With a name like Hedonisia there are all sorts of rumors flying around about our little community!. So we allow Interns to sell things (with permission!) from the property to locals in the area.

Sales like this are a unique form of Public Relations. It is a nice way of showing people in the area what the Hedonisia is really like. Plus many people have family on the mainland and they like knowing affordable quirky places like ours for their friends and family when they visit!

If you do sell something of ours on Craigslist we would recommend that you have the person visit when you are on shift. We would also like you to give them a little tour if they seem interested (Visitors always like our volcanic crater!) or give them a business card. With a name like Hedonisia there are all sorts of rumors flying around about our little community!

  1. Our Craigslist account to use for all Intern sales is mojo@hedonisia.com. Password: Ask the Director so that he knows who’s selling!
  2. For all items that are sold the split is 50% for the Intern and 50% for the Hedonisia community.
  3. In order to get the full benefit of the sale Interns should say which days they are working on in the ad. For example: “To purchase please call Chris at 808-430-9903. I’m an Intern at Hedonisia Hawaii and work on Tuesdays and Saturdays.”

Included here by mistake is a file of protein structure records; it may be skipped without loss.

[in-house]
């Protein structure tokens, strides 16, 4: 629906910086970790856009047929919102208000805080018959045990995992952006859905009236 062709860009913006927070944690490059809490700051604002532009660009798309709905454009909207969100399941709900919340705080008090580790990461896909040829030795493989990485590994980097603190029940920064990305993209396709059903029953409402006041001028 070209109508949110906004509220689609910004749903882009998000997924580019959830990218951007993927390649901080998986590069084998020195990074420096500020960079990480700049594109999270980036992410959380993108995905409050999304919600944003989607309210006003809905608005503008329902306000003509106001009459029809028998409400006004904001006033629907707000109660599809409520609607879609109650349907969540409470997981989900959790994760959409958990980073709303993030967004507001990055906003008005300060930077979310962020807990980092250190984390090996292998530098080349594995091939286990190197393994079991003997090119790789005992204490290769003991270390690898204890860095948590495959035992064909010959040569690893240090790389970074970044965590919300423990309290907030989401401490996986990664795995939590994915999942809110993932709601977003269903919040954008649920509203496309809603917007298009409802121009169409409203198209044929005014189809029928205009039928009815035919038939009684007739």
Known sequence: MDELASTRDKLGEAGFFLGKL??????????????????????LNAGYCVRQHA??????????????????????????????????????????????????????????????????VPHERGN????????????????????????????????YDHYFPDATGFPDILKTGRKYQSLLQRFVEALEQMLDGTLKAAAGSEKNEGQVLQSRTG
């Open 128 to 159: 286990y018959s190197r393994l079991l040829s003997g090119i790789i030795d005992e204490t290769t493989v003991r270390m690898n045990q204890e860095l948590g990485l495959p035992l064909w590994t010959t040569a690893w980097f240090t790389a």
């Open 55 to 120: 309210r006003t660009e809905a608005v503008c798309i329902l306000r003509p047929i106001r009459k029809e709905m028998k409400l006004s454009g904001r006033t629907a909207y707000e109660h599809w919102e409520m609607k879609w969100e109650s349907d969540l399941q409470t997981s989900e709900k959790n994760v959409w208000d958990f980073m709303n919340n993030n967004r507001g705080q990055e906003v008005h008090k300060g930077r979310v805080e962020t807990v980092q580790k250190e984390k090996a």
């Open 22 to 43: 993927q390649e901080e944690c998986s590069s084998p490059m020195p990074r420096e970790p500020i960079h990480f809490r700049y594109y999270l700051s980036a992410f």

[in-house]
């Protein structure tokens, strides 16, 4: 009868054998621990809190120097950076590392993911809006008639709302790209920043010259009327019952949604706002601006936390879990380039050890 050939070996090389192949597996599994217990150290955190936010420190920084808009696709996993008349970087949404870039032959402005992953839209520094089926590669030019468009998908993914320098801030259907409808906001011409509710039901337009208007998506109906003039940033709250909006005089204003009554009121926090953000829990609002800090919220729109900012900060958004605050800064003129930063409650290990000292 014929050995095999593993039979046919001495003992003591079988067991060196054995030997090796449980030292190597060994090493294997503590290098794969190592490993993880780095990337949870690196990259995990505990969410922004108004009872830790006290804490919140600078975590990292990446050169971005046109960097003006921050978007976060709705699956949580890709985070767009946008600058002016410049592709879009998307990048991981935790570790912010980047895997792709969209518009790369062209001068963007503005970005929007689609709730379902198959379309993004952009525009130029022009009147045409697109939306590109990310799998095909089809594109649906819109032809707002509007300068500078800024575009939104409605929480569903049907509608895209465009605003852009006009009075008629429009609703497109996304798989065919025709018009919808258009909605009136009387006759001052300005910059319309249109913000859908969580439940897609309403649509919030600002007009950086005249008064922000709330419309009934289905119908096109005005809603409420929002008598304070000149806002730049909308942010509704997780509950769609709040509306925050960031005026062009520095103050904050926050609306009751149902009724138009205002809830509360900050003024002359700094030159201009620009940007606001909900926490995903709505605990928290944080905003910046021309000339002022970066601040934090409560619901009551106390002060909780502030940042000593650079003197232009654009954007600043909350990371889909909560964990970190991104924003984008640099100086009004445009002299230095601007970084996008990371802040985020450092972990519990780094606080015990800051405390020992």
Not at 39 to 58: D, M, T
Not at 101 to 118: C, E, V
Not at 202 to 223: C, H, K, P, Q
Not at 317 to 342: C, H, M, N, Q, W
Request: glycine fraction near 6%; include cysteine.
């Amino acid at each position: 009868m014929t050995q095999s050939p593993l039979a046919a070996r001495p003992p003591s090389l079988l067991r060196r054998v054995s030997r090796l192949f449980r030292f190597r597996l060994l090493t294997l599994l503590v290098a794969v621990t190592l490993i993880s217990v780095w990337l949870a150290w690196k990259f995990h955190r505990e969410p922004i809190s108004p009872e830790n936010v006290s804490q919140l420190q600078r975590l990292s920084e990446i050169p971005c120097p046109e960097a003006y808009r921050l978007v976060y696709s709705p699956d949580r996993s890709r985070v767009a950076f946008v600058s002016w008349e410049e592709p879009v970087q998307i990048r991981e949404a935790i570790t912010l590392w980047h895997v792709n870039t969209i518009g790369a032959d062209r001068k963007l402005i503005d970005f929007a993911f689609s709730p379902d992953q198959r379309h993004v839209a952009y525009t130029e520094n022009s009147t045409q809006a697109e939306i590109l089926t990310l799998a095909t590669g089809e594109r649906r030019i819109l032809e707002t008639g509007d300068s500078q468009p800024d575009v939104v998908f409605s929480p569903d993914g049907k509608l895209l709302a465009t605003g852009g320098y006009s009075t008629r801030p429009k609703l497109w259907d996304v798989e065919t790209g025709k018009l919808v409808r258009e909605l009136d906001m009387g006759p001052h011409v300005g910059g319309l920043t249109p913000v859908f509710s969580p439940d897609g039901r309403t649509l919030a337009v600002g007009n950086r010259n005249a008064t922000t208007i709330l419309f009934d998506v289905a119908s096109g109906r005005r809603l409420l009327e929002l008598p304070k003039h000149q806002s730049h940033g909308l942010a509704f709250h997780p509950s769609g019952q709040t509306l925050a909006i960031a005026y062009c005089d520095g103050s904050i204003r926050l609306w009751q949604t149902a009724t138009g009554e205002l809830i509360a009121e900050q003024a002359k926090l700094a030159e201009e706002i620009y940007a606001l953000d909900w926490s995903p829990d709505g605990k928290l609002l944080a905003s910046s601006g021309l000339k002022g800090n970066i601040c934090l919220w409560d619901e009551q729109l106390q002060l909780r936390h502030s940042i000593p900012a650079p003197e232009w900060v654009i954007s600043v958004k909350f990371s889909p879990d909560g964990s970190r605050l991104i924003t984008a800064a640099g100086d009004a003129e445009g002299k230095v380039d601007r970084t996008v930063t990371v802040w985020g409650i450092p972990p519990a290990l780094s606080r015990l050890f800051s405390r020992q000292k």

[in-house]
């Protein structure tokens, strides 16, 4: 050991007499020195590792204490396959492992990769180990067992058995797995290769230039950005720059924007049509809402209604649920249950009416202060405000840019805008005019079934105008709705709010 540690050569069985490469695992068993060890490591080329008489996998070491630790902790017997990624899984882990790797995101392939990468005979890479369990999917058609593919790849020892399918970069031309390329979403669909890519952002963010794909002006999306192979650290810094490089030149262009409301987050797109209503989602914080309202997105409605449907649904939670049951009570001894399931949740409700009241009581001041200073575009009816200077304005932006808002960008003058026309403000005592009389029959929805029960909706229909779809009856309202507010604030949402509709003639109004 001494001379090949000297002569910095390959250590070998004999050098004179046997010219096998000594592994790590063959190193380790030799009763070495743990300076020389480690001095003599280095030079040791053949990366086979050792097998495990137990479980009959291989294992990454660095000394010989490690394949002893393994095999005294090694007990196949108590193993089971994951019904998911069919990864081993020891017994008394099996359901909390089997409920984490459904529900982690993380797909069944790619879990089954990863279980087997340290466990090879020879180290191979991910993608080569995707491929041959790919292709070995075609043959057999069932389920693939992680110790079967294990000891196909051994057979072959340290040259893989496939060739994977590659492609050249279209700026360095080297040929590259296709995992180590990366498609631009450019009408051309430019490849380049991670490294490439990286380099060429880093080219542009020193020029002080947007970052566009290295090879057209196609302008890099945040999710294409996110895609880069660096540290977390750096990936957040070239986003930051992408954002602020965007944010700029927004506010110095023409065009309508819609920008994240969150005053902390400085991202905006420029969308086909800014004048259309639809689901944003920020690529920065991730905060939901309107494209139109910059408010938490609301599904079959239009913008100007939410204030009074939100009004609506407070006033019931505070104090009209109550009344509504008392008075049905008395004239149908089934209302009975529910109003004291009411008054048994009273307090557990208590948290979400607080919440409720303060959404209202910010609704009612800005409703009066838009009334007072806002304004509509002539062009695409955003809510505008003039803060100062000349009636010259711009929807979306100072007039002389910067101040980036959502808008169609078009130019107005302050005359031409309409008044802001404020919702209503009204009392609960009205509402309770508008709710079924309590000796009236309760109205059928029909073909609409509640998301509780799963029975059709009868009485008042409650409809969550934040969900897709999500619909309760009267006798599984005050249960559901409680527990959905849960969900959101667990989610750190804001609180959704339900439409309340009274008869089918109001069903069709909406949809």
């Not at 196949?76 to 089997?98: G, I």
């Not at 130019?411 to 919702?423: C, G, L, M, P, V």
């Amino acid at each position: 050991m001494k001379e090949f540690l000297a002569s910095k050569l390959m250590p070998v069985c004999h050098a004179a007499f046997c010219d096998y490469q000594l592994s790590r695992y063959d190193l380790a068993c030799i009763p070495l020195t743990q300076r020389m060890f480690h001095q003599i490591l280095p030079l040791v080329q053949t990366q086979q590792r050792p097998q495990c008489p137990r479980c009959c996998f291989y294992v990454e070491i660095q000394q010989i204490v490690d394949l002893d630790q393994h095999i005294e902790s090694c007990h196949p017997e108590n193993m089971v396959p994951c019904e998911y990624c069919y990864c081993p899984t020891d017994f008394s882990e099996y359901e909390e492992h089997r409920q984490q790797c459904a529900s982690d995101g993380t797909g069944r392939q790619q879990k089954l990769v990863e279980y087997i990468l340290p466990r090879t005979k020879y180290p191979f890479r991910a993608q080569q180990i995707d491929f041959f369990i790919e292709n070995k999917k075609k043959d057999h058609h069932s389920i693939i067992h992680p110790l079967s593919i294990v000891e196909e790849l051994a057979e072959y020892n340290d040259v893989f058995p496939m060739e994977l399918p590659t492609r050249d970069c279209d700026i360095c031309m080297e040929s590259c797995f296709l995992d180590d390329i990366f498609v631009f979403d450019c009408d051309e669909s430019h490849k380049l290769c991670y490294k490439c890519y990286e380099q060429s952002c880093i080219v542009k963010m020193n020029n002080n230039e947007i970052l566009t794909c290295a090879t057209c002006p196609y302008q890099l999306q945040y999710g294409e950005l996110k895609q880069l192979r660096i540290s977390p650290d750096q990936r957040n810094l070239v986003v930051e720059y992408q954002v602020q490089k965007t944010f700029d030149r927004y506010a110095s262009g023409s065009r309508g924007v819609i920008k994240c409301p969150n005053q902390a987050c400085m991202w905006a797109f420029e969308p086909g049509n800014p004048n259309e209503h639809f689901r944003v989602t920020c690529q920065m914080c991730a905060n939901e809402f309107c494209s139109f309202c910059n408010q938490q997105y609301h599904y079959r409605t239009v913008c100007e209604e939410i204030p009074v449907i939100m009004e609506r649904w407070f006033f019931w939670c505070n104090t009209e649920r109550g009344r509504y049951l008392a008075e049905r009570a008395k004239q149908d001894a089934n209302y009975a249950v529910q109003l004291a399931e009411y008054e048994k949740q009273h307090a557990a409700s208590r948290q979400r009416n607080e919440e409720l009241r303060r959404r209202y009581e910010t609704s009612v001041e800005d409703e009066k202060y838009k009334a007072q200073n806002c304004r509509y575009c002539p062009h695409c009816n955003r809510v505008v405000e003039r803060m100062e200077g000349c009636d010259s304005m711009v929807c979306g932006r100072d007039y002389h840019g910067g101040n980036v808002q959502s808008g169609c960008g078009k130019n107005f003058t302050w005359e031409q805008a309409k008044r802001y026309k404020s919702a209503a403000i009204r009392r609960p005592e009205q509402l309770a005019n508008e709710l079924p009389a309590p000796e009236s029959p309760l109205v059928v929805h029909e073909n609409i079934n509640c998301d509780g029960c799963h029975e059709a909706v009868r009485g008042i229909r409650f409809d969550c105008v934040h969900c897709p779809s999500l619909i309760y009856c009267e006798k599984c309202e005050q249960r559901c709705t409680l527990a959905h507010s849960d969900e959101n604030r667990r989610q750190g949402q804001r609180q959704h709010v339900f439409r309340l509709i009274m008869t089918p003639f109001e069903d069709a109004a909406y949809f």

4. If a person comes on another day and another intern takes the time to sell the item then the two interns split their share giving 25% each.
  5. For items on the property interns can negotiate who wants to sell what and then make sure it’s okay with the Director to sell and that they agree on a price to sell it!
  6. Interns may bring outside items for sale but once they are being stored on the property then the usual 50% split applies. When they bring something they may choose their price. However, try to price items to sell as recycled prices are often lower than on the mainland. For example, Smith Appliances, a local used reseller, will often sell fridges with a 3-month guarantee for only $120 or less!
  7. Interns have to make sure that any items they bring on the property for resale are stored properly in such a way as not to disrupt community operations.
  8. Interns may give a small tour of the community to customers they feel comfortable with as part of our local PR. To those who have visiting family or friends you can also show them some of our lodgings!
  9. The police have warned us that criminals in Hawaii will often use garage sales and Craigslist visits to ‘case’ a place and see what is easily ‘stealable’ so they can return at another time. If you are in any way suspicious talk about our 24-hour hidden camera security and the fact that there is someone on duty at all times!